Still, feels good to be organised, and to have done a little bit of 'the course' earlier today too.

Choosing my ePortfolio tool for H808

I'm trying to make some more progress towards choosing my ePortfolio tool for this course. In the first week I explored the OU's MyStuff (included with our course registration), and I also considered GoogleDocs, which I am very familiar with using for personal and collaborative working.

Since the initial flurry, and experimentation with MyStuff (which I found clunky, frustrating, and not very intuitive) I haven't done much about developing my ePortfolio. However, we're getting into the meat of some course activities now, and I'm finding I'm producing work which may need to be stored for evidence, and so I need to get on and make my ePortfolio choice. I have to admit here that I wouldn't be doing this if it weren't a course requirement... I can see the benefits of ePortfolios for students, and I would encourage them to reflect on what their work means (though I believe this could be done equally well outside of a portfolio)... I just can't see the benefit for me, now :-S But believe me I want to! I've been able to keep track of my work in previous studying through my own use of a personal wiki, paper notebooks, copies of my papers produced etc etc - it hasn't needed to be combined in an ePortfolio, and my own file structure or searching facilities allowed me to easily locate items should I need to find them. When I applied for my PhD studentship, neither my supervisor nor the department requested a portfolio (or indeed any items of previous work), and similarly when I interviewed for my current job, nor did they. In both cases it was a specific task related to the role that was required. So, they didn't want an ePortfolio...

So, this ePortfolio is just for H808 - I don't expect to use it for ongoing future career. I may be proved wrong later, but if so I can develop one then. For now, I don't need something that can 'live on' beyond this course, and so providers which will follow wherever I go are not necessary.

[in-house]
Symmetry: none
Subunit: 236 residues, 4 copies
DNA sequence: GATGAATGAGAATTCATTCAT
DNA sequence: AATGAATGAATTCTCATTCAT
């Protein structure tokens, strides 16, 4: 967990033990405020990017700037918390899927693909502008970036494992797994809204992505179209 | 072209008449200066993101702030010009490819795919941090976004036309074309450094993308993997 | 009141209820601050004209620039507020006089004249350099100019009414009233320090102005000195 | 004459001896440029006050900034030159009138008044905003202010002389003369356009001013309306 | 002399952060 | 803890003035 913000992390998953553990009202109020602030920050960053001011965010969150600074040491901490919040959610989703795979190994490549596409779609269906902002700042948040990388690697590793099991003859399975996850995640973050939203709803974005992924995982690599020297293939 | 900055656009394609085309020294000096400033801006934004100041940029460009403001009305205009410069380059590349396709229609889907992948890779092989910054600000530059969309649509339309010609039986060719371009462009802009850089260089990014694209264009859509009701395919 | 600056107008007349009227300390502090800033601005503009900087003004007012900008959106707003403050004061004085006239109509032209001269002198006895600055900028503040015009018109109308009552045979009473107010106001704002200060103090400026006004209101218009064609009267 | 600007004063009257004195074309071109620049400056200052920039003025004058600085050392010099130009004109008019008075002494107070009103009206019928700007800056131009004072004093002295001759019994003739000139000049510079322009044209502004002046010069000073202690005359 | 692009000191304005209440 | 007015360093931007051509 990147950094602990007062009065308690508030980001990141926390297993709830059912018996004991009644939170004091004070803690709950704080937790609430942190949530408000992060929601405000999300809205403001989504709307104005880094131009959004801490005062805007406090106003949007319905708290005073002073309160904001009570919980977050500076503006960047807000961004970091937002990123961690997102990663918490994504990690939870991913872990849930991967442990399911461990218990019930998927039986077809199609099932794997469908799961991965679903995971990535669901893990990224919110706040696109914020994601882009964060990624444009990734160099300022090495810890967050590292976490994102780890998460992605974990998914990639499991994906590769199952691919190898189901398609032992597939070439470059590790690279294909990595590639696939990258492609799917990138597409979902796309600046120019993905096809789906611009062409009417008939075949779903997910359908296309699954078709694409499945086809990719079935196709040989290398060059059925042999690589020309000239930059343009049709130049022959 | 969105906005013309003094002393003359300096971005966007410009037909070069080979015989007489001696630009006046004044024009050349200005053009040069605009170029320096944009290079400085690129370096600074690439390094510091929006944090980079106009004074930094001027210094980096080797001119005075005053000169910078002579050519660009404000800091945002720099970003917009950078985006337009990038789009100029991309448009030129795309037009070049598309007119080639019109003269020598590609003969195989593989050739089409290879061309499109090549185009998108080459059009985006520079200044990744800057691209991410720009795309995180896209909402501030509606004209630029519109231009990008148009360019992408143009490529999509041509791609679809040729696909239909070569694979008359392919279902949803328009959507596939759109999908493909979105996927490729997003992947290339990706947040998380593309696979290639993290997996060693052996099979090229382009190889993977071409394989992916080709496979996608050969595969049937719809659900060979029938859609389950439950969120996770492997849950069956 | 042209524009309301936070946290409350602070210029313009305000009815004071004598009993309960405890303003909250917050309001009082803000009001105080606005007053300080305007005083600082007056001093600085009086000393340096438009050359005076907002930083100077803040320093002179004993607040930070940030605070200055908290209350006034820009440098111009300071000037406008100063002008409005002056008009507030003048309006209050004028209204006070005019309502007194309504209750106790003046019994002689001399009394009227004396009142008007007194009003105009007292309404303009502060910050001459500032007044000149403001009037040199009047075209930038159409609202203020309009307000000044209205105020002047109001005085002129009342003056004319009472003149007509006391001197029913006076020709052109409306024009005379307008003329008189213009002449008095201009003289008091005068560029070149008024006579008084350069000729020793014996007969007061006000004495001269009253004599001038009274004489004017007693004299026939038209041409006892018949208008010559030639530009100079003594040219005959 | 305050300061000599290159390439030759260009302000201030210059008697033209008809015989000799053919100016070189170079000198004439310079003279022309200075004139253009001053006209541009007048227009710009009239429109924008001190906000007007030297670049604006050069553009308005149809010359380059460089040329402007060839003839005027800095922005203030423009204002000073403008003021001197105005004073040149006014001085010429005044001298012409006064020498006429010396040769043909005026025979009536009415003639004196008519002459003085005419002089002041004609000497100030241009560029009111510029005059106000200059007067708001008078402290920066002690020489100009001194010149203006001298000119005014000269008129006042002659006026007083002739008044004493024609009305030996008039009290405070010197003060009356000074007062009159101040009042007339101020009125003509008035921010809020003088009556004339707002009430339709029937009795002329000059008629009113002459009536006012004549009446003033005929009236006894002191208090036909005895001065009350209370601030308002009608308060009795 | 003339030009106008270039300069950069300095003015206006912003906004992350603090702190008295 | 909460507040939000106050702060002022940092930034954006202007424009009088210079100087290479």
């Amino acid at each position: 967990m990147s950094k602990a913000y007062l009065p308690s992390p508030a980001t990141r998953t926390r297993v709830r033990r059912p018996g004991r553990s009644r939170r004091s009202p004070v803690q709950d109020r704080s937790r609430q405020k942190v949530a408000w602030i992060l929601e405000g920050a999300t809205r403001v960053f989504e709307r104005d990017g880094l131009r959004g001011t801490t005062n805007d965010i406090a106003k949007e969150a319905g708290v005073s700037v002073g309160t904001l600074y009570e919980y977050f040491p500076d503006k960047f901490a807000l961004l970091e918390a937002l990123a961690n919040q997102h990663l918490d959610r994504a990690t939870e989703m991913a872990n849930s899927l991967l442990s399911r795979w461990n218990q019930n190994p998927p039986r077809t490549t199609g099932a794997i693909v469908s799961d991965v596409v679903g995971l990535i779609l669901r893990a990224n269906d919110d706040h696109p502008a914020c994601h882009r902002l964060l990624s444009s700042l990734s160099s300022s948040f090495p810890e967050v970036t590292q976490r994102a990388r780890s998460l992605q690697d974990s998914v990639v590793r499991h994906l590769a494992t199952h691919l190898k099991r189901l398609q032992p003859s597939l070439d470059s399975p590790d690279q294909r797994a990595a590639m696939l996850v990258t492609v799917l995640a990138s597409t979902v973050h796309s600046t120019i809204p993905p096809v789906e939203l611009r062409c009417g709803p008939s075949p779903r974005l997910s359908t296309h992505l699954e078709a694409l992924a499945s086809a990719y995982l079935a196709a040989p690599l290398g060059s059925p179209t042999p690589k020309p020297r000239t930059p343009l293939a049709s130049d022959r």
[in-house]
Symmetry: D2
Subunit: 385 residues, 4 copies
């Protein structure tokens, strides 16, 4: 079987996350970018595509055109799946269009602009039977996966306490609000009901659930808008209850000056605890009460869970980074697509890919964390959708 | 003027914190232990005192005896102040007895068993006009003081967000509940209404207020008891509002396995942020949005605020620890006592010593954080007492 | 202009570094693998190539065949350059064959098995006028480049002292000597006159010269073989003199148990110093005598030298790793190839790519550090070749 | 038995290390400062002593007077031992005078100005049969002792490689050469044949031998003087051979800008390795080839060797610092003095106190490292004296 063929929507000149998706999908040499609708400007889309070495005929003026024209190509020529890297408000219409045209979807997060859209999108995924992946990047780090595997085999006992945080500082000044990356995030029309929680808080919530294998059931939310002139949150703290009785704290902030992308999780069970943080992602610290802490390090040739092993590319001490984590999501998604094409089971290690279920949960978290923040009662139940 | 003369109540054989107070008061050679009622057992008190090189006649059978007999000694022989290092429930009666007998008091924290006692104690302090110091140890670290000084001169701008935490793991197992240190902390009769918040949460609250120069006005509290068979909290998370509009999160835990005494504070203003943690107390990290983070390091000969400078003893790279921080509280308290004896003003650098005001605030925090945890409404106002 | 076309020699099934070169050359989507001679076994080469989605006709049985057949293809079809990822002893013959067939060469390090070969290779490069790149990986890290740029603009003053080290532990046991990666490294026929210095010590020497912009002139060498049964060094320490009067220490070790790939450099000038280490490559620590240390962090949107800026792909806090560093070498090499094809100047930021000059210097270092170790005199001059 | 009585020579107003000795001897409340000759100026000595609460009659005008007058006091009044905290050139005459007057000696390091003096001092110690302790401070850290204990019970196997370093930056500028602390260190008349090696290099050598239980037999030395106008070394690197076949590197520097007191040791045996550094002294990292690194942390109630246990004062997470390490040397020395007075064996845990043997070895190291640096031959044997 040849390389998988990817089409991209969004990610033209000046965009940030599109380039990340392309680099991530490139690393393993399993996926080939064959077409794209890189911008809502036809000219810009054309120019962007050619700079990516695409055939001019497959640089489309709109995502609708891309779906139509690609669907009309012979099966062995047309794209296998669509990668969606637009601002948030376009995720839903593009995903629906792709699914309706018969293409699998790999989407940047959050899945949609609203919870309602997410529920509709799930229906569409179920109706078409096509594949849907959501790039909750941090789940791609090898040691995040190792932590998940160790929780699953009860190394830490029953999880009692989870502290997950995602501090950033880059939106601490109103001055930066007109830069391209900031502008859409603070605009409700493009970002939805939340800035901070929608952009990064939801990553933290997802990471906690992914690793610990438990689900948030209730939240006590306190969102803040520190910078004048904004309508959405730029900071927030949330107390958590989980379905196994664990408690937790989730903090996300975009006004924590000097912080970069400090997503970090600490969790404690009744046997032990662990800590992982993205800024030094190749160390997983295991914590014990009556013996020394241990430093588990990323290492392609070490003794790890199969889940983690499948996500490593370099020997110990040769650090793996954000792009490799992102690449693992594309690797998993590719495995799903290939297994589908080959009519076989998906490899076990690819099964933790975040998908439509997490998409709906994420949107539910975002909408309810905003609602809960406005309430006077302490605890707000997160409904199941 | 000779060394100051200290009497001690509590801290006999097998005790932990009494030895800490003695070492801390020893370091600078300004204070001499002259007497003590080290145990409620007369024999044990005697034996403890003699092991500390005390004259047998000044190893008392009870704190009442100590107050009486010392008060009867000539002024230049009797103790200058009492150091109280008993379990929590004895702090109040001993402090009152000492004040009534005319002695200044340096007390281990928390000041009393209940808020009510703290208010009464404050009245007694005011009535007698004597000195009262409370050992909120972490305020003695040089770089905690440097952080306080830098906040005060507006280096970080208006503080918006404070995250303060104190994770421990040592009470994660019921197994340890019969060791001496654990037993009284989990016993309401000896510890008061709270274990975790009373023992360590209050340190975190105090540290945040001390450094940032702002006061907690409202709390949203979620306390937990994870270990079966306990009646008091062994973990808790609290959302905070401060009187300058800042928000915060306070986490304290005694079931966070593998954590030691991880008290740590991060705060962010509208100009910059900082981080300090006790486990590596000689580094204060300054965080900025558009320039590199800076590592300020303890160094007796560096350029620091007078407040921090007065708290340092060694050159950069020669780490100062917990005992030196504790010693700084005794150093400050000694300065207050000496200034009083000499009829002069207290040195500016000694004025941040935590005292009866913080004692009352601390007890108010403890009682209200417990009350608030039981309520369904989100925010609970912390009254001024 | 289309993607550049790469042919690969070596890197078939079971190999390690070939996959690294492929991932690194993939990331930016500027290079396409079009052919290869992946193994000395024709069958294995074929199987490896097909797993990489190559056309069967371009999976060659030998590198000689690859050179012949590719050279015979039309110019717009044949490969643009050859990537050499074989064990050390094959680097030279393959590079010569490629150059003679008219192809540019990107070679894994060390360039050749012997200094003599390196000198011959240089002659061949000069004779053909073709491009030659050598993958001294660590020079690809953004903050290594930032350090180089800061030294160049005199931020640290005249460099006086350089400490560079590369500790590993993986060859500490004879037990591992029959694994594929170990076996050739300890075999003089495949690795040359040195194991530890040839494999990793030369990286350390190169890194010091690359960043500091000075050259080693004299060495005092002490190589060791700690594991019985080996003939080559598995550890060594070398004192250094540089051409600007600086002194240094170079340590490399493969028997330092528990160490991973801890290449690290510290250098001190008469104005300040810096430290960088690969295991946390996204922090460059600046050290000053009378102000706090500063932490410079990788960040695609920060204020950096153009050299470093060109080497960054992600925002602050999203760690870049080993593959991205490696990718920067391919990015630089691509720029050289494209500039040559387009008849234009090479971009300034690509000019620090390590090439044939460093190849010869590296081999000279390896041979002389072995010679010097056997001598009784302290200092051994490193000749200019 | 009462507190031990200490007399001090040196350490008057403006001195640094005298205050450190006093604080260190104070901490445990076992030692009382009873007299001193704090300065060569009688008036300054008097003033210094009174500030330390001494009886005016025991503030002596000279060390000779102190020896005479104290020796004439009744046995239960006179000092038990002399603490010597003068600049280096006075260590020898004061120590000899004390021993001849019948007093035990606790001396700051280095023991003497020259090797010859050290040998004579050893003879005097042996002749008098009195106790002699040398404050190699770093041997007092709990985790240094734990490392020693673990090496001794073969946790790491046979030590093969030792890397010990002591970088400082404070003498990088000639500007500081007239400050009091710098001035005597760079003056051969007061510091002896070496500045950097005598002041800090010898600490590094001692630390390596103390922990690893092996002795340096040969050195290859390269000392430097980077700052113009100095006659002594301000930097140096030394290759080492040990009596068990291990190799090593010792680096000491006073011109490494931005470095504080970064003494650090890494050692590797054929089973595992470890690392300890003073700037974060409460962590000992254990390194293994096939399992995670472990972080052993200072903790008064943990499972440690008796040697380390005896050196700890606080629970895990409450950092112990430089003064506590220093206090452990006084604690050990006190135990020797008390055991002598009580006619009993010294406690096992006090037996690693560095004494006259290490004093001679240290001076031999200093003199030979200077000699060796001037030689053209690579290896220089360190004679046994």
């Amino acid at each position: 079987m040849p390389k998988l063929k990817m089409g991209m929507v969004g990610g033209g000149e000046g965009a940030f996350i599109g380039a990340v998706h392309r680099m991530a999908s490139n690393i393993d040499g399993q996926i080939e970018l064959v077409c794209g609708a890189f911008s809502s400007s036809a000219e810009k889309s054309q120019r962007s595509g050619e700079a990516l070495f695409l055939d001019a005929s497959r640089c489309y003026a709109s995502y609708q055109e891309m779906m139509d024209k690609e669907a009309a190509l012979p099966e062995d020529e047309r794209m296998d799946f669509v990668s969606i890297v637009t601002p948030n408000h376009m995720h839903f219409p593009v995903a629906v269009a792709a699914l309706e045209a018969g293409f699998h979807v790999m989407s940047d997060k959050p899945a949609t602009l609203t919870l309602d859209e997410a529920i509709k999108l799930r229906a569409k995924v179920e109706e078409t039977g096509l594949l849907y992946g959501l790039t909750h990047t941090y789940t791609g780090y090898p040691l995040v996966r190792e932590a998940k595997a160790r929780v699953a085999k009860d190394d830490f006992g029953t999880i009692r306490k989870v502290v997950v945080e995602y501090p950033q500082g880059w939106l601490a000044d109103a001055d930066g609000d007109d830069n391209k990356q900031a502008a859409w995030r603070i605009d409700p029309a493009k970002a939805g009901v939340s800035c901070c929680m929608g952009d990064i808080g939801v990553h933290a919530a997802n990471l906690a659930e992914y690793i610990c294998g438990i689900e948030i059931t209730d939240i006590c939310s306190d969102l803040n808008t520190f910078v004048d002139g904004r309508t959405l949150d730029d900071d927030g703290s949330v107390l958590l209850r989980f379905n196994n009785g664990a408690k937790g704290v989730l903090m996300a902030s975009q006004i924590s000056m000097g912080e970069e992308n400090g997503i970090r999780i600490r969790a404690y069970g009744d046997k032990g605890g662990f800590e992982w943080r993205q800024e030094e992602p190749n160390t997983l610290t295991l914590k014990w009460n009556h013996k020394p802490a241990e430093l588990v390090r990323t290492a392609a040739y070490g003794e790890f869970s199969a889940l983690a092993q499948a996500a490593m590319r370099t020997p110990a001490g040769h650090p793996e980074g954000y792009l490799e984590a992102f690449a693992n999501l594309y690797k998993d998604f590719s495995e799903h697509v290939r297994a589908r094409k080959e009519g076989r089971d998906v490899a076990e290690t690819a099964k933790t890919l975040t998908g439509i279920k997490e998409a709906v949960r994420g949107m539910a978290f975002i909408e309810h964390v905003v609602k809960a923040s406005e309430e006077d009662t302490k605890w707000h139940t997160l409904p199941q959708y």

I do almost all my work on my home laptop. Sometimes I work during my lunch break, and sometimes my laptop is with me away from home and my internet connection (no mobile internet yet), but generally I have access to my laptop whenever I need it. So, I don't require an internet-based solution in order to access it from multiple locations. In fact, what about the times when I don't have internet? Therefore, I think I actually want a locally stored solution.

I feel slightly twitchy about an online solution, with regards to privacy. This doesn't make sense to me as I'm quite happy to have profiles on LinkedIn, Facebook, and now a publicly accessible blog, etc, but for some inexplicable reason I'm not sure about this. Perhaps it's as simple as 'if i don't need it online, why put it there?'. I think part of the reason is because the ePortfolio includes reflective writing. Somehow that type of expression feels more private to me than the basic details of a piece of evidence, or at the very least I want to choose when and where to share it, like I can with this blog. Okay, okay, I know you can choose when to share your ePortfolio - I said it was nonsensical!